Basement Rayo look set to pay a heavy price for their miserable form and myriad of off-field problems, writes Martin Whiteley.
With only one win and five points to their name this season, Rayo Vallecano find themselves rooted to the bottom of the Primera Division — but it’s the off-field grievances aired by their players against the club that have been the real talking point.
There had been hope that 2022 could represent a fresh start for Rayo but their desperate losing run has continued as they started the new year with a 1-0 loss at home to Eibar before last Wednesday’s 2-1 defeat at Sevilla made it five losses on the bounce. Their miserable week was completed when their home match against Real Madrid was postponed on the day of the game after Covid cases were detected in the camp.
Rayo, who were formed in 2000 after taking over local club CD El Buen Retiro, won the last of their three Spanish league titles in 2011. Even though they are nowhere near the lofty heights of their glory years, unlike the men’s side, they have always managed to maintain a place at the top table since their promotion in 2003 but now that’s under threat.
Their troubles run much deeper than miserable form. As far back as December 2020, there had been complaints that the standards, treatment and facilities were not on the same level as their male counterparts.
A photo of sandwiches, containing no butter and four slices of ham given as a post-match meal, were circulated on Twitter and there was also mention of irregular payment dates for wages. To their credit, even male players said the club needs to do better.
Despite these distractions, the team still ended the 2020-21 season in 13th place and five points clear of the final relegation spot. This season the discontent has grown.
In October, Madrid’s Department for Work and Social Security accepted a complaint filed by the female players of Rayo Vallecano through the Spanish Players’ Union (AFE) in relation to them not being registered for social security at the start of the season.
The following month, the AFE supported player Camila Saez after she had suffered a head injury in Rayo’s home game against Athletic Bilbao. Multiple media outlets reported the Chilean had to be treated by the visitor’s doctor because the home side did not have one of their own present at the match.
Twelve days after the incident, Rayo issued a statement saying that those reports were false and as the injury happened in front of the Athletic bench their medical staff were first to react. Saez was then treated and monitored by their own medical representative before eventually being transferred by ambulance to a hospital for further attention, the Madrid-based club continued.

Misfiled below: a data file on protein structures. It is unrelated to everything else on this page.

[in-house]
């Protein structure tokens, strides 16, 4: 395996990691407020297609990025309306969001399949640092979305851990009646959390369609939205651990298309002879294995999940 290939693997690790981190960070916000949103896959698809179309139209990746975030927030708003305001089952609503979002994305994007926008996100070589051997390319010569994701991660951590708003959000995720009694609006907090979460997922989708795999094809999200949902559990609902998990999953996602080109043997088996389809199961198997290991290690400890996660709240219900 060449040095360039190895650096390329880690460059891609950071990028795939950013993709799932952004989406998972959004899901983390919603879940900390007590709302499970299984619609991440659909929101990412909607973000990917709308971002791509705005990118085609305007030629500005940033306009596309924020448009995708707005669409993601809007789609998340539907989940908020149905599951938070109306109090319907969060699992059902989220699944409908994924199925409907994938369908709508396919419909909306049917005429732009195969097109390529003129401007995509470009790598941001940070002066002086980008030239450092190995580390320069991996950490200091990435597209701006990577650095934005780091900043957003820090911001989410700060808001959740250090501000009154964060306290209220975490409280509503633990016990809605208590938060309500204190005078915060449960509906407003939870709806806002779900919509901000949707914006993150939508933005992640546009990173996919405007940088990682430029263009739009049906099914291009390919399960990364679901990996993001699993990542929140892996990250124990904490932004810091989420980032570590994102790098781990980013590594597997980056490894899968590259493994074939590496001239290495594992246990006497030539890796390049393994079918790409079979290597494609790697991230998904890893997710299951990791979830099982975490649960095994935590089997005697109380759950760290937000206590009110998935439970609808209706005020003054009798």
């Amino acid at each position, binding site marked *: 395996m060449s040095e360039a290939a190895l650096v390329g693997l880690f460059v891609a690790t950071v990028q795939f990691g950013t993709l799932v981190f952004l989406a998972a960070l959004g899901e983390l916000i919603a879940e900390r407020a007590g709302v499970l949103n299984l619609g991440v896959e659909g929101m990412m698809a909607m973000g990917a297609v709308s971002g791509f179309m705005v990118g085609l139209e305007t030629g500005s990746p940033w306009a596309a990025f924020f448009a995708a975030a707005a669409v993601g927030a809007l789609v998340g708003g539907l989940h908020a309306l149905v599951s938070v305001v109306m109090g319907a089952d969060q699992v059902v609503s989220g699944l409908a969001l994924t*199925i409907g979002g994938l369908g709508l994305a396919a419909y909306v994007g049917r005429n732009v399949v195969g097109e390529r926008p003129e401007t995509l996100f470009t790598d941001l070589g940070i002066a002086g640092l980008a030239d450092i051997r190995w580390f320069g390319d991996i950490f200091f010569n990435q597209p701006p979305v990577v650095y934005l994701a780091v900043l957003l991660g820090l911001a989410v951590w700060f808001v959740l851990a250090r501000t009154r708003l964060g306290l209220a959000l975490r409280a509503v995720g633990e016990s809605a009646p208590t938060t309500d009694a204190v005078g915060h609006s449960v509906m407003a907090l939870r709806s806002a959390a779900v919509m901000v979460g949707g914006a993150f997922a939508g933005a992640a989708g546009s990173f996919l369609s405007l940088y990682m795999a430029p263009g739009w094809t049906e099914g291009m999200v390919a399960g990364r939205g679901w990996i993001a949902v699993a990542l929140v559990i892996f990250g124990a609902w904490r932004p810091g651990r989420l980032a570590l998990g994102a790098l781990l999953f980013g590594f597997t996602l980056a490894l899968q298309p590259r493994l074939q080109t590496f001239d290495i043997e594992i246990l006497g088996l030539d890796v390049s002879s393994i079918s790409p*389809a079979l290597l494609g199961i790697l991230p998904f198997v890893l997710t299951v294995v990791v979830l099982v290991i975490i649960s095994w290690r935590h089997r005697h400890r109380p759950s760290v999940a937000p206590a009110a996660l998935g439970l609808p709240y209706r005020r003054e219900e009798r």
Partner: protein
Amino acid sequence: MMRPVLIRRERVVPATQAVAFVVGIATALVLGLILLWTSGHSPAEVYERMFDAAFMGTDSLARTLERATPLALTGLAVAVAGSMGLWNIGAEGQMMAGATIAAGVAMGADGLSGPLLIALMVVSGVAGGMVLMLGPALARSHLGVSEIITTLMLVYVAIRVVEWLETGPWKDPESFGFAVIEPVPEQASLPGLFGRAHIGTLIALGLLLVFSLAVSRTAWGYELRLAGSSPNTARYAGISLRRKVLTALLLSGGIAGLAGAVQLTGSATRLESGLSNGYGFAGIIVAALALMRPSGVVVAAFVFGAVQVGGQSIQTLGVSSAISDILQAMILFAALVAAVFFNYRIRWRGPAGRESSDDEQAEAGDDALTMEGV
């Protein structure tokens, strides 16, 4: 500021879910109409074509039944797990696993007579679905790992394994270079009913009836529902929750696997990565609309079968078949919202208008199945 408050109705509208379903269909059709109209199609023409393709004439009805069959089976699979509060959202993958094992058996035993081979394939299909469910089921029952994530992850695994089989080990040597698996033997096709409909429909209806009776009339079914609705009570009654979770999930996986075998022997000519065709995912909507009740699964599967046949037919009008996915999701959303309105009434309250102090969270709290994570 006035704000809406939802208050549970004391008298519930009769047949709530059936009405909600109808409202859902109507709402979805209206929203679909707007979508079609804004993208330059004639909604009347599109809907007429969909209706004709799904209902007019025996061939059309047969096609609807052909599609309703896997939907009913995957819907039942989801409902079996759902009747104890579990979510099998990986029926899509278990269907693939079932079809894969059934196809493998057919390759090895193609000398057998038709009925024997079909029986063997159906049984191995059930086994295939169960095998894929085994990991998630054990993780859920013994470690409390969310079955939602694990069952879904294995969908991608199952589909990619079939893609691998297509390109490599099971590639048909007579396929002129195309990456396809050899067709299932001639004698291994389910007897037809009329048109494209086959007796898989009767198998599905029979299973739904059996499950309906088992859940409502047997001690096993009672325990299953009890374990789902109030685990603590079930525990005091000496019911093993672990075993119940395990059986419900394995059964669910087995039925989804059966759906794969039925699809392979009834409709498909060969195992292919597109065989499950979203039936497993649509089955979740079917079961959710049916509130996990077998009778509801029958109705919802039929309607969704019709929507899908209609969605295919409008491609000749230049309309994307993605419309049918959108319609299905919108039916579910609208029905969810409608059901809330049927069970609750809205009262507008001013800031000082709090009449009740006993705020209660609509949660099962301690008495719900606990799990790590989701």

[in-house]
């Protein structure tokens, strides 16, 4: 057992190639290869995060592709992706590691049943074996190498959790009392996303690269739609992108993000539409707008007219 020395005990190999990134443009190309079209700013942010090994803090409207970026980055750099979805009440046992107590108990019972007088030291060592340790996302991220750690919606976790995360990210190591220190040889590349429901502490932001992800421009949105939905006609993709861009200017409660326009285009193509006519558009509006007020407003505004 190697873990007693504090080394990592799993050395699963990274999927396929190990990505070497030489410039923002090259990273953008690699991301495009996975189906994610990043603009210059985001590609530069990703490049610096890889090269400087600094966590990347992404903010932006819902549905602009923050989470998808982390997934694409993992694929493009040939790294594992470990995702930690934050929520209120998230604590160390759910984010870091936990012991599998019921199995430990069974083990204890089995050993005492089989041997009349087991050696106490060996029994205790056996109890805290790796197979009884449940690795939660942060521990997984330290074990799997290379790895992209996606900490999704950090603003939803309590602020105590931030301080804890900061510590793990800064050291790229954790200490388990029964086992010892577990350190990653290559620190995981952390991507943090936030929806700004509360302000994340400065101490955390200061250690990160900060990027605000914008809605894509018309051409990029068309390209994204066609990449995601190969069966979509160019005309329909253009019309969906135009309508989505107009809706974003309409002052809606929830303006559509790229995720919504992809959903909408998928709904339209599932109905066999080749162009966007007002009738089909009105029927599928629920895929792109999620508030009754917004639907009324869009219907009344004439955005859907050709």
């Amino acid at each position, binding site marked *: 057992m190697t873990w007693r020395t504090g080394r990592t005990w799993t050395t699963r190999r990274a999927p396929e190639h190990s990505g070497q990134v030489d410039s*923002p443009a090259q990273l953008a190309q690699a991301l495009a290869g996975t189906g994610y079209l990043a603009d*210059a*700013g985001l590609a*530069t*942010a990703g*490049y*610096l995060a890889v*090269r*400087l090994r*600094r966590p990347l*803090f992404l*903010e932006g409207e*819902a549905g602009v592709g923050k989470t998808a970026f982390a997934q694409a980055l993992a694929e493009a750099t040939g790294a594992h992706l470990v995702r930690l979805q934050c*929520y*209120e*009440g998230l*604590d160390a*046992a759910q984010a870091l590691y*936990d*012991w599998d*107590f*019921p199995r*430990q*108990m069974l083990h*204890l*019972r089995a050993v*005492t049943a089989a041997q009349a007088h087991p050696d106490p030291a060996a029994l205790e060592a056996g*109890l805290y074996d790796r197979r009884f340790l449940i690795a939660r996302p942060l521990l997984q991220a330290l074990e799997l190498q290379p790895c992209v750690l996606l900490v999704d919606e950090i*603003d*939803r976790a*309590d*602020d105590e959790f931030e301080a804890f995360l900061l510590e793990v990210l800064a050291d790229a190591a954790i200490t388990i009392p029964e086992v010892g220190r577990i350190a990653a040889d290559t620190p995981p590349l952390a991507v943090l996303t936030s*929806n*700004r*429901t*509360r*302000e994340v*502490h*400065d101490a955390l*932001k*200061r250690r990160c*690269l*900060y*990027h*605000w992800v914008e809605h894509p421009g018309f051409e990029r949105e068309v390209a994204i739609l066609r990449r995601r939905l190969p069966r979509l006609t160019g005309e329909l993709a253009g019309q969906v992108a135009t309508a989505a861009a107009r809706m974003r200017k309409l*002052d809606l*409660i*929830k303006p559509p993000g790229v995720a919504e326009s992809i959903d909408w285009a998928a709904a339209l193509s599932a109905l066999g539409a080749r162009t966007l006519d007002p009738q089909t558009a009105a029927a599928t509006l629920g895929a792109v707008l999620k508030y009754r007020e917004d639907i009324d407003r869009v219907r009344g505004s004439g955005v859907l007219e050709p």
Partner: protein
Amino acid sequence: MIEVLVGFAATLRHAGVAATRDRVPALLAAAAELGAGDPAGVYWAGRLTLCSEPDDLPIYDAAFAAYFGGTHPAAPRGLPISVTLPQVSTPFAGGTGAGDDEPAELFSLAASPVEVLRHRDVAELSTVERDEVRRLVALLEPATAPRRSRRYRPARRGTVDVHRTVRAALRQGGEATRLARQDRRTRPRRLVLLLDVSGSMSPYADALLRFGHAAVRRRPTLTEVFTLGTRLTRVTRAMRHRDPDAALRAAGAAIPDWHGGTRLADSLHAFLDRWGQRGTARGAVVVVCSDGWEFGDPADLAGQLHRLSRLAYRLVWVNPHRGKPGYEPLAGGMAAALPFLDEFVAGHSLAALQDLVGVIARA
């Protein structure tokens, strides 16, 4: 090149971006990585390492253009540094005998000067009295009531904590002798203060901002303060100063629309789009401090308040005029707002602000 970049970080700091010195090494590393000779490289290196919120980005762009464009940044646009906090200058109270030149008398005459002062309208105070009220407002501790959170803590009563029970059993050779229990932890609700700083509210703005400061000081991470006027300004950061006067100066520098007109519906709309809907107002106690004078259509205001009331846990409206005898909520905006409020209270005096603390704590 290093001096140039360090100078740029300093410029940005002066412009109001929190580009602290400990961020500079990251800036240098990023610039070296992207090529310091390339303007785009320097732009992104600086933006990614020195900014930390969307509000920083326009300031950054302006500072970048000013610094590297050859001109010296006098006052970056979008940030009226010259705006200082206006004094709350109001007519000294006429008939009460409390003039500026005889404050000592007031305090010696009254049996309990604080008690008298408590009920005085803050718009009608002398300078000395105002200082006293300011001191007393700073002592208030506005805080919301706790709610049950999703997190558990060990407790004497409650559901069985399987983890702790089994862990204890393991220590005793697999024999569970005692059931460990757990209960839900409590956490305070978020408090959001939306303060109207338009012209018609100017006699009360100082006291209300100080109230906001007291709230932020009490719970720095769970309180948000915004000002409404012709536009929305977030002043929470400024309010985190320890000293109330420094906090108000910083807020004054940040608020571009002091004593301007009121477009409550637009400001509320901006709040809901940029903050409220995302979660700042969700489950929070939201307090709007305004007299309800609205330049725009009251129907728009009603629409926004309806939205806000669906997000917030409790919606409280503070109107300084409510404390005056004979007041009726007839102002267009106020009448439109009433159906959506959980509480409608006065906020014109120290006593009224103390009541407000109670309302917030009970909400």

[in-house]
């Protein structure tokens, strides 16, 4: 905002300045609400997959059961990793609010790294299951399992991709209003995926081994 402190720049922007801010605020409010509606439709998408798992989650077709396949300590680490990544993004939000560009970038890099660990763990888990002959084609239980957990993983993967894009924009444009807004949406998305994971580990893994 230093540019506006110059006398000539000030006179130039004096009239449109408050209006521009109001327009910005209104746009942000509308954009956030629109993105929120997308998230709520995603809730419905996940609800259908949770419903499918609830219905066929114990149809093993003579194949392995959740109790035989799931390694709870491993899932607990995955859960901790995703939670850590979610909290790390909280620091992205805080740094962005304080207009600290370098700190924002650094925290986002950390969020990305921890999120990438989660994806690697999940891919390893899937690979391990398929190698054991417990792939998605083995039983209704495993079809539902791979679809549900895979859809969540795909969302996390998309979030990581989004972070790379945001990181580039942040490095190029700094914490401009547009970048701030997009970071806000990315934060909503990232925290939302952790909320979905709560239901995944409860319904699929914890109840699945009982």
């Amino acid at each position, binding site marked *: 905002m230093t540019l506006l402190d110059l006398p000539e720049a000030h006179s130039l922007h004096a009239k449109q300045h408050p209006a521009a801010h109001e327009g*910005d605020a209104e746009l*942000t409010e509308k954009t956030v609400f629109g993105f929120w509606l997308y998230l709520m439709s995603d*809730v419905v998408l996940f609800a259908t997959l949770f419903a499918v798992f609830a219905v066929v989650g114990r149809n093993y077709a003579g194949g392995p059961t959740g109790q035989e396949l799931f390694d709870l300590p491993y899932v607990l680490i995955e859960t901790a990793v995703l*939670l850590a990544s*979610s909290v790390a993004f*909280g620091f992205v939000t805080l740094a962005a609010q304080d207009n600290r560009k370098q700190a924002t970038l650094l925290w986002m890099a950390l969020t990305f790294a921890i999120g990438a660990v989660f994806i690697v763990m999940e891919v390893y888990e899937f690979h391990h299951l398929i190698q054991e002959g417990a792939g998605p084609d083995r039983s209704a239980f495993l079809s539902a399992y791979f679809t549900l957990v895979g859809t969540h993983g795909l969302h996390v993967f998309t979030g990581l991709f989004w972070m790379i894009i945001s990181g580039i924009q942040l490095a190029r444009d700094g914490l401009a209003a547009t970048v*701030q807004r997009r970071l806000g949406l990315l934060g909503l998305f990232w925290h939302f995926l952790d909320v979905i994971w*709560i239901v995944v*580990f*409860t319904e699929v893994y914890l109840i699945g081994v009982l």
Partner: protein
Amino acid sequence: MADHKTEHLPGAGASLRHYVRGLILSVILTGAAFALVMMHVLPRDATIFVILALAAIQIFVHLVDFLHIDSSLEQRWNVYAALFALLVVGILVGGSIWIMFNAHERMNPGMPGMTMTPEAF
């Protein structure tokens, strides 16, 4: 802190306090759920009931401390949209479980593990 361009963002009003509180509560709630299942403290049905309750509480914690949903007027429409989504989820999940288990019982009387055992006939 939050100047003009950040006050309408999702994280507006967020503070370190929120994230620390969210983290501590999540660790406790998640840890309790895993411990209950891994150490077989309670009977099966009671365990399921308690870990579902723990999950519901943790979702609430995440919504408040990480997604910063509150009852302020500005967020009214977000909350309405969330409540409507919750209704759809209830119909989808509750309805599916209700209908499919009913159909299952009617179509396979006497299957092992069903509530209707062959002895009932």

Even though it is not mandatory in the RFEF General Regulations that covers women’s top-flight games for clubs to have a doctor as part of their staff, they say they did provide one for their female team’s contests. In addition, they also arranged for an ambulance and two rooms where players from both teams could be treated.
Due to the ‘inaccurate’ reporting of the incident, Rayo added that the doctor in question did not want to cover any more of the women’s games.Embed from Getty Images
Further pictures of a member of the Barcelona medical staff treating a Rayo player when they played at the Catalan side in their final game of 2021 have also caused concern, along with a lack of gym facilities and problems relating to their accommodation. It led the Rayo players to stage a 30-second protest at the lack of basic essentials provided to them by their club at the start of their game away to Real Madrid in November.
Club president Raul Martin Presa accepts that Rayo has things to improve in their women’s team but believes the criticism of him is largely down to the animosity between him and the AFE president David Aganzo.
Relegation might make him think differently. It can often be the point where a club gets to reset its objectives, but the fact that the players were angered to such a degree could still count against Rayo for some time to come.
Even if the club’s hierarchy does decide to invest more in the side, any new personnel may well have serious reservations about joining them after their shortcomings have been so well documented.
Follow Martin on Twitter @673martin